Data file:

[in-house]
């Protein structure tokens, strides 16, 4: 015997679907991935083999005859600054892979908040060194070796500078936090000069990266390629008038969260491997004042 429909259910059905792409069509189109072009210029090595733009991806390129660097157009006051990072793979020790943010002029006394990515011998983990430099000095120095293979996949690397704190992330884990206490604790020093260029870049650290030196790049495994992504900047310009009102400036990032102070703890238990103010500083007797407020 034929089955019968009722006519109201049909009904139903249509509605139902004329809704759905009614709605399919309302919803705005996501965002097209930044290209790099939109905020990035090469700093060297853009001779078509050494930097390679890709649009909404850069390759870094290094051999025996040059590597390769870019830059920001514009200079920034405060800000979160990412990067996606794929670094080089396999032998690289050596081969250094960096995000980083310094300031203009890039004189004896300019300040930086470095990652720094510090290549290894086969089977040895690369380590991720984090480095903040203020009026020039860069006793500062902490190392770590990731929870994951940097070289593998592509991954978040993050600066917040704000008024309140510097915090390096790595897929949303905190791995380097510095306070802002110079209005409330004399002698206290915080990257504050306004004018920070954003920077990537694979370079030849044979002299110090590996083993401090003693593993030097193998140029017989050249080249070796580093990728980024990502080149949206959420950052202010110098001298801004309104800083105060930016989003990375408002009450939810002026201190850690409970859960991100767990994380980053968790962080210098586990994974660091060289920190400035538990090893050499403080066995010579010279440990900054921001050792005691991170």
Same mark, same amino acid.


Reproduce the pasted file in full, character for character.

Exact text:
[in-house]
């Protein structure tokens, strides 16, 4: 015997679907991935083999005859600054892979908040060194070796500078936090000069990266390629008038969260491997004042 429909259910059905792409069509189109072009210029090595733009991806390129660097157009006051990072793979020790943010002029006394990515011998983990430099000095120095293979996949690397704190992330884990206490604790020093260029870049650290030196790049495994992504900047310009009102400036990032102070703890238990103010500083007797407020 034929089955019968009722006519109201049909009904139903249509509605139902004329809704759905009614709605399919309302919803705005996501965002097209930044290209790099939109905020990035090469700093060297853009001779078509050494930097390679890709649009909404850069390759870094290094051999025996040059590597390769870019830059920001514009200079920034405060800000979160990412990067996606794929670094080089396999032998690289050596081969250094960096995000980083310094300031203009890039004189004896300019300040930086470095990652720094510090290549290894086969089977040895690369380590991720984090480095903040203020009026020039860069006793500062902490190392770590990731929870994951940097070289593998592509991954978040993050600066917040704000008024309140510097915090390096790595897929949303905190791995380097510095306070802002110079209005409330004399002698206290915080990257504050306004004018920070954003920077990537694979370079030849044979002299110090590996083993401090003693593993030097193998140029017989050249080249070796580093990728980024990502080149949206959420950052202010110098001298801004309104800083105060930016989003990375408002009450939810002026201190850690409970859960991100767990994380980053968790962080210098586990994974660091060289920190400035538990090893050499403080066995010579010279440990900054921001050792005691991170």
Same mark, same amino acid.